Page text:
Write like Who?

When I wrote  ‘A Court in Splendour’ my book about the First Eidstedddfod, I chose the language in which I wrote to be somewhere more formal than a completely modern idiom, but not strictly medieval. Although initially it seemed artificial, the more I wrote the more comfortable I became with the style that developed. It added something to the characters and felt credible to me. According also to those who have read the book, it works well, and the voices of those who tell the stories are accepted sufficiently to allow the transition into the12th century, with the necessary suspension of disbelief the reader requires for true enjoyment. Now I have been asked to turn the book into a play, and I am fumbling along with a fresh problem. The first pages of the dialogue so far written are like a parody of Shakespeare – at least that is what they look like to me. Whenever I read through them it seems I am caught with visual images of Shakespearean characters striding the stage, doing something like…declaiming! not just talking which is what I aim for, but a kind of higher more formalised style which has sprung on me from nowhere. I sent it to a friend/editor who agreed that it was a bit Shakespeare but that once people begin to speak the lines it will iron itself out and the necessary casualising will occur. But how can I ask people to read it as it is. They will fall about laughing, thinking either that I think I am a reincarnation of Shakespeare, or I’m pretending to be clever – which I’m not. It’s a dilemma. I don’t want to write like anybody else. It is important to me to write like myself, but with the adjustment of course for the voices of characters. Maybe they want to be like Shakespeared characters, maybe a medieval drama has to be a bit like that. Well, we shall see I suppose. It’s early days and anything could happen.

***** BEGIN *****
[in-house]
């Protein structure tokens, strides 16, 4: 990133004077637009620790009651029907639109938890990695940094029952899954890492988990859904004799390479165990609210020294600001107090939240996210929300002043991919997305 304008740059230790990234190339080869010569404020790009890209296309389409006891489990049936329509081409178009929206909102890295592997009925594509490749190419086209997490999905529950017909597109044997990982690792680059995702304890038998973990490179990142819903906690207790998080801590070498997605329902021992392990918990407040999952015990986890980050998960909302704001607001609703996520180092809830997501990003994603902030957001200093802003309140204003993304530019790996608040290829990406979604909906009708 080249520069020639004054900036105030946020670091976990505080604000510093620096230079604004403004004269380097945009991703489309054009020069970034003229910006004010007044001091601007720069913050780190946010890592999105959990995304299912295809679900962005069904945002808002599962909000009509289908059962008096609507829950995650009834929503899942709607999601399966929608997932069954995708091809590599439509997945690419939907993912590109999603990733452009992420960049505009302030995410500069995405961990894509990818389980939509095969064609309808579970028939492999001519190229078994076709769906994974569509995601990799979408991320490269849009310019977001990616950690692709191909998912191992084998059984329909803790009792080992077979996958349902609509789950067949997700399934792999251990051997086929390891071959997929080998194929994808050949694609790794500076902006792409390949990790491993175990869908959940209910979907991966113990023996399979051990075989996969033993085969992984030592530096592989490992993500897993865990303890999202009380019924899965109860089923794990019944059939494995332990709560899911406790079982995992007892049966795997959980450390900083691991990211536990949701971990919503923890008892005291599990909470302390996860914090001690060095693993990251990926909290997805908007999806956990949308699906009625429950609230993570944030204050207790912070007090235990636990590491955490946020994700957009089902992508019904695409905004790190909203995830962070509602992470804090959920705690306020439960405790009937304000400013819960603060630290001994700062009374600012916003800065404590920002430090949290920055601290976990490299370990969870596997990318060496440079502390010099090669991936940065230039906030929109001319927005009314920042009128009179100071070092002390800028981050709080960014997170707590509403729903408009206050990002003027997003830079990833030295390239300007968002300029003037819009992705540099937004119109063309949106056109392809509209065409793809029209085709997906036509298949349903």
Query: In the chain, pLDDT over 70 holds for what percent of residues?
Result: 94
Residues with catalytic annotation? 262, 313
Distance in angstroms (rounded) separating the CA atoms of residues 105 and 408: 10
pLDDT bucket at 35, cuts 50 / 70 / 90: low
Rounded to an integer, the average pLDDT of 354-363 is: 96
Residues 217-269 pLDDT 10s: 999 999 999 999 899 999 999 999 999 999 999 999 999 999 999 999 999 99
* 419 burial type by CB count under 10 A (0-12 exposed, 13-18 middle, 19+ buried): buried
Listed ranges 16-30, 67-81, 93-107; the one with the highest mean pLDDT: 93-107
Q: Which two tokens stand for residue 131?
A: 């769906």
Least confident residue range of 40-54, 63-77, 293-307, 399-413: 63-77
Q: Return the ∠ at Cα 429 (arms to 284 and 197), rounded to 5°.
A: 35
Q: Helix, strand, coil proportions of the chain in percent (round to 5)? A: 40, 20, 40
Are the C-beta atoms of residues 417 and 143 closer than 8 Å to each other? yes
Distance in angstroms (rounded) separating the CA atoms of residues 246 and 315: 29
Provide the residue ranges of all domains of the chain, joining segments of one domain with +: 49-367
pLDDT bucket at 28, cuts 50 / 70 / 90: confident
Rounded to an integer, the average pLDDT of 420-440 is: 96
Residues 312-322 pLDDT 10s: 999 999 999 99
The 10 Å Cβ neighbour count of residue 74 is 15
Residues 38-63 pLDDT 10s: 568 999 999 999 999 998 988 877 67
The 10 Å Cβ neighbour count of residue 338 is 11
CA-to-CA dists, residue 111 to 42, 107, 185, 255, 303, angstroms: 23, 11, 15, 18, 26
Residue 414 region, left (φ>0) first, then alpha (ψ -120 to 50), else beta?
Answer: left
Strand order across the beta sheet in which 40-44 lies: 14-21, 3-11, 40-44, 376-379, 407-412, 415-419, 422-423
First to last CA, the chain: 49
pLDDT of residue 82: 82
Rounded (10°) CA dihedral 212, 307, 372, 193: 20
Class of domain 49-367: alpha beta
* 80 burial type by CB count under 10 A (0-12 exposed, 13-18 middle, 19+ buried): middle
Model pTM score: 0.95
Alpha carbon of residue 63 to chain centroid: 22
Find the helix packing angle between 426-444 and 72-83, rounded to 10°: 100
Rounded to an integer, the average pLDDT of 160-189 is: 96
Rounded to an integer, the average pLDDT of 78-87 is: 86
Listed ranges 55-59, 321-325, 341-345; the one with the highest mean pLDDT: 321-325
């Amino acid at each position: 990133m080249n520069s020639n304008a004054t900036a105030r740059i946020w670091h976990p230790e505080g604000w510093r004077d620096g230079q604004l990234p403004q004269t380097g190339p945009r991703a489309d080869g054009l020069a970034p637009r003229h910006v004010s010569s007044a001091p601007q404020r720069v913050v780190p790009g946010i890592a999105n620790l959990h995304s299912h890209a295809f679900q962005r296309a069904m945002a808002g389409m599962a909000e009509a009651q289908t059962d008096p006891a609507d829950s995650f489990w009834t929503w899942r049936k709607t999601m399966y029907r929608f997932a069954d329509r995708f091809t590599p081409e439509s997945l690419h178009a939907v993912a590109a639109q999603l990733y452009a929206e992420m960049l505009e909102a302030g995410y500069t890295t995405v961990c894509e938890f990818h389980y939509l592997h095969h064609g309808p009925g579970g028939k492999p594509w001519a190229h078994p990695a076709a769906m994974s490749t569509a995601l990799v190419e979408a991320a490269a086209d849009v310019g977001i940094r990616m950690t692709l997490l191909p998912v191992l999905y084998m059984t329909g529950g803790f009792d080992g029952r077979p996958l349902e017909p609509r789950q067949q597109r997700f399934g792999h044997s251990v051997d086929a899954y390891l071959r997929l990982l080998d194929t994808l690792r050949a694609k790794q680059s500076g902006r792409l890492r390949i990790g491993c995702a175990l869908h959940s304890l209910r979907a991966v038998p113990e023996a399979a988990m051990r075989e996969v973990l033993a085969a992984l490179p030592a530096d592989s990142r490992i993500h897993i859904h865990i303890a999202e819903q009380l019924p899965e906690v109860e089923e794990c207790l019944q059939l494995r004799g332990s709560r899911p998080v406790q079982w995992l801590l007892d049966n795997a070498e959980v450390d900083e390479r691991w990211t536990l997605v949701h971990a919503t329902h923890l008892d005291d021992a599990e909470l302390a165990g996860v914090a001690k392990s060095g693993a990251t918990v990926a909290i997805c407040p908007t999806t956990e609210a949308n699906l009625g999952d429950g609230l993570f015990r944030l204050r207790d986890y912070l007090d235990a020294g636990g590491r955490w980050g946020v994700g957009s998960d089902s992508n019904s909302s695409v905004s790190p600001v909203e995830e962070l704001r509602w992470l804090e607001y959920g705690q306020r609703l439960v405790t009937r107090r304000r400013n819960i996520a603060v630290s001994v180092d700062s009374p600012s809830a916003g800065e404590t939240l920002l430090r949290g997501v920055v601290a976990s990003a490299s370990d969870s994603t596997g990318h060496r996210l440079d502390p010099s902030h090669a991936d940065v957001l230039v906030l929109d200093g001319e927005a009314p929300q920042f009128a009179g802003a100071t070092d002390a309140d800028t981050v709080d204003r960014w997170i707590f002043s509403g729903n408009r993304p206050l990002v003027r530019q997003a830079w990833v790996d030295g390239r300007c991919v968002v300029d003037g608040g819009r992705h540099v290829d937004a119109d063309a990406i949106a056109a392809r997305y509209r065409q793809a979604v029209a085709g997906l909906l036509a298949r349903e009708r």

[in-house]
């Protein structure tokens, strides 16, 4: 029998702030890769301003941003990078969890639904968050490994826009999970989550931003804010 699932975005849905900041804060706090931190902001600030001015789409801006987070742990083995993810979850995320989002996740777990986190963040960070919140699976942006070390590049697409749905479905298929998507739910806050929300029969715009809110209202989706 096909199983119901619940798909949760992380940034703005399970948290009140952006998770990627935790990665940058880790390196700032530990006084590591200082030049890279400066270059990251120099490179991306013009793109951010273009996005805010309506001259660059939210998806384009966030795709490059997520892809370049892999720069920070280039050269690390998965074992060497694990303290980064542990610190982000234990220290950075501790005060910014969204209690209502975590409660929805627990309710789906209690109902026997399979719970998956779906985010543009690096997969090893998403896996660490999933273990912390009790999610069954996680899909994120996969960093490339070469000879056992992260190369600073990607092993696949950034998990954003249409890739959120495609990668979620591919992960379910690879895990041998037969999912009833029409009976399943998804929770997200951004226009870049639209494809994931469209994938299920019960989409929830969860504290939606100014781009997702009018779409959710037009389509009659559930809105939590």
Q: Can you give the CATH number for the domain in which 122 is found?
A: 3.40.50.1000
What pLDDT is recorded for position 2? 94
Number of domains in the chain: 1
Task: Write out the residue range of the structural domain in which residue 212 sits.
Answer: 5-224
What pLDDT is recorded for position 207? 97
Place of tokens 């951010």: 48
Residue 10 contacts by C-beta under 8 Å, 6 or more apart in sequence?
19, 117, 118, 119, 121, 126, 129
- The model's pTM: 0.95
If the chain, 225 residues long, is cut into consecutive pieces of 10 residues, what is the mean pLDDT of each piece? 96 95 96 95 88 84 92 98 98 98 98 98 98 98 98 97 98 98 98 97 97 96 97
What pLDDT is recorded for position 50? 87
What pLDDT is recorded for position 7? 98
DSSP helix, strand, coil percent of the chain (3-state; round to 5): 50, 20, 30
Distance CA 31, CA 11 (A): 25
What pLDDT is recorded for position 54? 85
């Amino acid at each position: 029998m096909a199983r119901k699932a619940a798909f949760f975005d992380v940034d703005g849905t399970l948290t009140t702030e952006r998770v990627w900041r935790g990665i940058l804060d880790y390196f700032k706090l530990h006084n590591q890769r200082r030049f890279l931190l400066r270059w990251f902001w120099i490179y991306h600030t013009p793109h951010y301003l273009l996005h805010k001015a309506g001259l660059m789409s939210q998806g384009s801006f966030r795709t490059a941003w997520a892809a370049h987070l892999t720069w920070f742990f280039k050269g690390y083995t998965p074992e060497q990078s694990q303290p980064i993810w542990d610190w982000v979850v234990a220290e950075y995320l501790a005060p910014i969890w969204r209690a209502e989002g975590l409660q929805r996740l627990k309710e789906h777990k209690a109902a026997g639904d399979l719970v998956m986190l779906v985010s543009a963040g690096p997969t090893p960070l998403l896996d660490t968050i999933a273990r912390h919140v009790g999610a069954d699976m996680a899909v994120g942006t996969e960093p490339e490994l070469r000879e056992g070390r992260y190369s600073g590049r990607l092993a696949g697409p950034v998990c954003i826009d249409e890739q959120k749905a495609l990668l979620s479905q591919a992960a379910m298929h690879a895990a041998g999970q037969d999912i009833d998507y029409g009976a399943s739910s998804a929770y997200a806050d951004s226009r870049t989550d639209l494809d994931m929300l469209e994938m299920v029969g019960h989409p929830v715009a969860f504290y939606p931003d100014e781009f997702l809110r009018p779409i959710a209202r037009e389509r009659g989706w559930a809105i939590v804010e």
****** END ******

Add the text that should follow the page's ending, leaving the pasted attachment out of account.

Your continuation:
However,  I am questioning why working with the dialogue in the book was so different from in the play. Technically I have heard all the characters  in the play share their thoughts with me (and the reader) in the book already, and it is these voices I am waiting for, not Malvolio or Oberon. I can’t figure it at all. I do hope it will work out but currently it is putting me off working on it. I do really need to keep at it because it is the only thing I am committed to right now. I am waiting to find out if I can achieve publication in England before I commit to my one other project, a story about Ashburton and St Gudula of the well there. At least in Wales I stand a fighting chance of being published because I’m a member of the Academy and because I write about Welsh history. So, perhaps a change is ahead, The Bardic Monk is currently being pitched to an English publisher so while I wait to hear from them I will give the play a rest and see if that has any effect when I try again. Watch this space.

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